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  1. #1
    Double Routers & Port Forwarding

    Member Since
    Jan 17, 2008
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    4
    Double Routers & Port Forwarding
    Hi fellas,

    This is my present network scenario,

    ADSLModem/Router Combo -> 4 Port Switch -> 1 Computer(running bittorrent client)

    * My ISP provided this equipment which is a Modem & router combined in one.

    * This Modem/Router combo has only DMZ feature and no Port forward / virtual servers feature.

    * I enable DMZ to the computer runnin the torrent client on port 5050


    Now am gonna get a macbook and a 802.11 N router(it has port forwarding) for wireless access, and i want to keep the network configuration as follows

    ADSLModem/Router Combo -> New router -> Old comp with bittorrent client + new macbook with another bittorrent client

    * Now I want to enable ports to both the computers separately

    I would consider doing this,

    1)attach the cable from the Modem/Router to the WAN port of the new router.

    2)Make the new router obtain an static ip address(wan ip of the new router) from the Modem/Router combo. Assign DMZ to the ip address of the new router.

    3) Configure the new router to enable ports for the two individual systems connected under it.


    And now my question,

    Will this work?

    Am I logical?

    If it doesnt, wat shud i do?

    Also, is the D-Link DIR-655 Extreme N Wireless Router compatible with MacBook? Any experiences?


    Thanks in advance!

  2. #2
    Double Routers & Port Forwarding
    MacsWork's Avatar
    Member Since
    May 22, 2005
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    Specs:
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    Most ISP provided combination devices can be configured to work in bridged mode. I'd confirm this with your ISP.

    Then get whatever router/WAP combo you want and port forward all you want.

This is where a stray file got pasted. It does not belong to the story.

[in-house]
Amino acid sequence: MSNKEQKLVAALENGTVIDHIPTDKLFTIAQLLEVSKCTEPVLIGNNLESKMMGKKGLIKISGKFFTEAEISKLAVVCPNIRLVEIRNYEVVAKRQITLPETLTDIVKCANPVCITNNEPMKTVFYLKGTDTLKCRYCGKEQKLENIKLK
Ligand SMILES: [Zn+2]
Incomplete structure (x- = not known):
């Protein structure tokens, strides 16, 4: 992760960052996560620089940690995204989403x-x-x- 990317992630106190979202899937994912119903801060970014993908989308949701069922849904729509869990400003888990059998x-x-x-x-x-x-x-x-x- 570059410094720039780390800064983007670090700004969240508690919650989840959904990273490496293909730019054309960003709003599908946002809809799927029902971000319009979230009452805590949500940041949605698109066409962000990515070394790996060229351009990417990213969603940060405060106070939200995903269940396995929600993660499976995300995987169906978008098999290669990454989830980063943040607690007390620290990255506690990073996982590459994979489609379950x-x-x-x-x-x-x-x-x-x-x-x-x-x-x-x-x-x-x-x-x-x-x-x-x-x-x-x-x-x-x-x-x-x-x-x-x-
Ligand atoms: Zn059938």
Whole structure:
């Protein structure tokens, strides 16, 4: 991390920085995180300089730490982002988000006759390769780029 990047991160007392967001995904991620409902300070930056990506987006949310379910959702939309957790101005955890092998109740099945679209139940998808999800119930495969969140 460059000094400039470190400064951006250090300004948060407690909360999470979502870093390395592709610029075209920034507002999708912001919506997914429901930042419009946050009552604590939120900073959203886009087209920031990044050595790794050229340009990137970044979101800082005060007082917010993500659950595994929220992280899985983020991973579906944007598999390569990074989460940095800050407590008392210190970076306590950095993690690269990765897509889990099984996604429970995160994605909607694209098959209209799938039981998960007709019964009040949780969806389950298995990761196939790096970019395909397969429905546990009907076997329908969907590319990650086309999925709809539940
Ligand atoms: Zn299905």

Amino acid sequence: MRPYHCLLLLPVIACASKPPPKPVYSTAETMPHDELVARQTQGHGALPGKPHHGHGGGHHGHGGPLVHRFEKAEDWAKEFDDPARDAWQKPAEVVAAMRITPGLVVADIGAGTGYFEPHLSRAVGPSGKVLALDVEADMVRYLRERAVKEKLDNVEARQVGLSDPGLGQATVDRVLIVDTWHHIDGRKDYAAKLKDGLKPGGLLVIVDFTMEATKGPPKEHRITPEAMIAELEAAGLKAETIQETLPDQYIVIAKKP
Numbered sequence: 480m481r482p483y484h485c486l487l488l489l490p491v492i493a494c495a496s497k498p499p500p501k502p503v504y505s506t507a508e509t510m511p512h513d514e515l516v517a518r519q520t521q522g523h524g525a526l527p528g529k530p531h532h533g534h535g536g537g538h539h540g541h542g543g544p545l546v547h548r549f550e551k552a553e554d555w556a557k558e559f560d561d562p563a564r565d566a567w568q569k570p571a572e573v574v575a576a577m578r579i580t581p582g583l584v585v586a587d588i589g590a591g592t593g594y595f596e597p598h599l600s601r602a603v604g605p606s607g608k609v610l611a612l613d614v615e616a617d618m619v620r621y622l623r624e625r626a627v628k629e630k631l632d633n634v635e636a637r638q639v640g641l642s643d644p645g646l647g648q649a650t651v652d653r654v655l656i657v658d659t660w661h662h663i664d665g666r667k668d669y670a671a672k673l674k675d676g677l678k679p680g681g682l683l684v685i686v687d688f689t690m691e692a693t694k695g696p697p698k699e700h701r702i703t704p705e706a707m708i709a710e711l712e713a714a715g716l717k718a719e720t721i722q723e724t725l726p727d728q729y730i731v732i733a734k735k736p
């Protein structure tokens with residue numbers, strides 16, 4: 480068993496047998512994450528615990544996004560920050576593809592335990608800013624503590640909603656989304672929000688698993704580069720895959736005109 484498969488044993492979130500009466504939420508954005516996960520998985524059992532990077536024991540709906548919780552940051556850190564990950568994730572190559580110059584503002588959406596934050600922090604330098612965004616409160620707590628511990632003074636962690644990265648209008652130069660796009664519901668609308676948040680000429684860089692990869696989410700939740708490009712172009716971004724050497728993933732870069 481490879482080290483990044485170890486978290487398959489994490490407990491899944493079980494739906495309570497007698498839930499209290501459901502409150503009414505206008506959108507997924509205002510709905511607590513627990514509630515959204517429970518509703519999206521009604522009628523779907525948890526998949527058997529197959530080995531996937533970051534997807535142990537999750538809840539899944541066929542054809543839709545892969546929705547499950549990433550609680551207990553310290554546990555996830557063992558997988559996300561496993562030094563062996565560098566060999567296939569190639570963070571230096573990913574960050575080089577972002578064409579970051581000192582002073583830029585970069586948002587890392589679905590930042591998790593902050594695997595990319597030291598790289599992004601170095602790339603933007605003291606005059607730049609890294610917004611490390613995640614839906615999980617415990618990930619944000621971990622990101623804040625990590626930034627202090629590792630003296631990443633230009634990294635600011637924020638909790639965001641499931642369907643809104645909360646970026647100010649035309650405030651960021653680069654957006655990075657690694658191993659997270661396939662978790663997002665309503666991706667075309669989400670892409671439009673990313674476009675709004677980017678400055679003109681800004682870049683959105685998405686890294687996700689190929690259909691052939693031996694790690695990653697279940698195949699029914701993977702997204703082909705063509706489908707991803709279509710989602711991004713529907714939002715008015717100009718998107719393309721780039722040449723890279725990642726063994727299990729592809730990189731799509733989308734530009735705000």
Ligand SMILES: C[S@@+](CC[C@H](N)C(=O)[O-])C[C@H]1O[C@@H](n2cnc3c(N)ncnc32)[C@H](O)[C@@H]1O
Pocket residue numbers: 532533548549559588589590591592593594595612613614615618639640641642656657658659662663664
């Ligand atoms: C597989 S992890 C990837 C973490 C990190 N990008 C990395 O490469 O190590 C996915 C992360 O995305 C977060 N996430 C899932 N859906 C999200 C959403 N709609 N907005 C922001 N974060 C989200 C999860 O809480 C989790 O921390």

3. #3
    Double Routers & Port Forwarding
    dtravis7's Avatar
    Member Since
    Jan 04, 2005
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    Specs:
    iMac late 2007 10.11.b4, iMac 2008 10.10.5, Macbook2007 10.7.5, Mac Mini 10.7.5, iPhone 3GS Note 8!!
    What Brand/Model is your ISP Provided Modem/Router?

    MacsWork is correct, most will work in Bridged mode and solve your issue. I am using a Speed-Stream 5100B in fact in Bridged mode with my Linksys WRT54GL router. Works great.

  4. #4
    Double Routers & Port Forwarding

    Member Since
    Jan 14, 2008
    Posts
    26
    I am using a D-link DIR-655 and it works fine. Although I am not running in the same config that you are.

  5. #5
    Double Routers & Port Forwarding

    Member Since
    Jan 17, 2008
    Posts
    4
    Re:
    I would consider doing that( router 1 in bridged mode and router 2 as gateway). But there are now goin to be additional two computers sitting behind router 1.

    Ill make it clear in words(I hope! ),

    There are three nodes behind Router 1(the ISP Supplied Combo). They are Router 2 & the two computers. Across my home at a different place is the router 2 and behind it are the macbook and another pc.

    (Note: Router 1 and router 2 will be at two different physical location in my home and there is only only cat 5 cable connecting them).

    So when I put my second router in bridged mode the two computers behind router 1 are left out without internet.

    This has prompted me to go in for double nat and to make things work with regard to port forwarding for the two computers.